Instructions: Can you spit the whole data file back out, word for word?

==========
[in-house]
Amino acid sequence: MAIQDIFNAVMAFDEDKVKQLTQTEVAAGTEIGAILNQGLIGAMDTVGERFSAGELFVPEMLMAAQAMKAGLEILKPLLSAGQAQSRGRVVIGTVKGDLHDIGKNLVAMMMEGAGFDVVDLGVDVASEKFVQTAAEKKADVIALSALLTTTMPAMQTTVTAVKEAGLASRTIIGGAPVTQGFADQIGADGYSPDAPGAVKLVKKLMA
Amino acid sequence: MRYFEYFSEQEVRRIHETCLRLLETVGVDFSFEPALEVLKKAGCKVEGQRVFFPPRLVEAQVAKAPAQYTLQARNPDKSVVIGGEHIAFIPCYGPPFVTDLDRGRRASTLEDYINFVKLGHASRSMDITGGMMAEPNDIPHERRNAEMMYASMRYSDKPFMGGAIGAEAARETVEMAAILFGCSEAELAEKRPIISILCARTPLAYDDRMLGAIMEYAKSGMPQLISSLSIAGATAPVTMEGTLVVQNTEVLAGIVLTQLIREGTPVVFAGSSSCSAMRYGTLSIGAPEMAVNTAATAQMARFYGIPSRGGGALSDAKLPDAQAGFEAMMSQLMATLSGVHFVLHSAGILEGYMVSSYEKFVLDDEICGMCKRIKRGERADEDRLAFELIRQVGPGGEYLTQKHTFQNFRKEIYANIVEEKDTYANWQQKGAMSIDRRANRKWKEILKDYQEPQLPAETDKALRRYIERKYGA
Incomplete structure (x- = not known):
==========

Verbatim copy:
[in-house]
Amino acid sequence: MAIQDIFNAVMAFDEDKVKQLTQTEVAAGTEIGAILNQGLIGAMDTVGERFSAGELFVPEMLMAAQAMKAGLEILKPLLSAGQAQSRGRVVIGTVKGDLHDIGKNLVAMMMEGAGFDVVDLGVDVASEKFVQTAAEKKADVIALSALLTTTMPAMQTTVTAVKEAGLASRTIIGGAPVTQGFADQIGADGYSPDAPGAVKLVKKLMA
Amino acid sequence: MRYFEYFSEQEVRRIHETCLRLLETVGVDFSFEPALEVLKKAGCKVEGQRVFFPPRLVEAQVAKAPAQYTLQARNPDKSVVIGGEHIAFIPCYGPPFVTDLDRGRRASTLEDYINFVKLGHASRSMDITGGMMAEPNDIPHERRNAEMMYASMRYSDKPFMGGAIGAEAARETVEMAAILFGCSEAELAEKRPIISILCARTPLAYDDRMLGAIMEYAKSGMPQLISSLSIAGATAPVTMEGTLVVQNTEVLAGIVLTQLIREGTPVVFAGSSSCSAMRYGTLSIGAPEMAVNTAATAQMARFYGIPSRGGGALSDAKLPDAQAGFEAMMSQLMATLSGVHFVLHSAGILEGYMVSSYEKFVLDDEICGMCKRIKRGERADEDRLAFELIRQVGPGGEYLTQKHTFQNFRKEIYANIVEEKDTYANWQQKGAMSIDRRANRKWKEILKDYQEPQLPAETDKALRRYIERKYGA
Incomplete structure (x- = not known):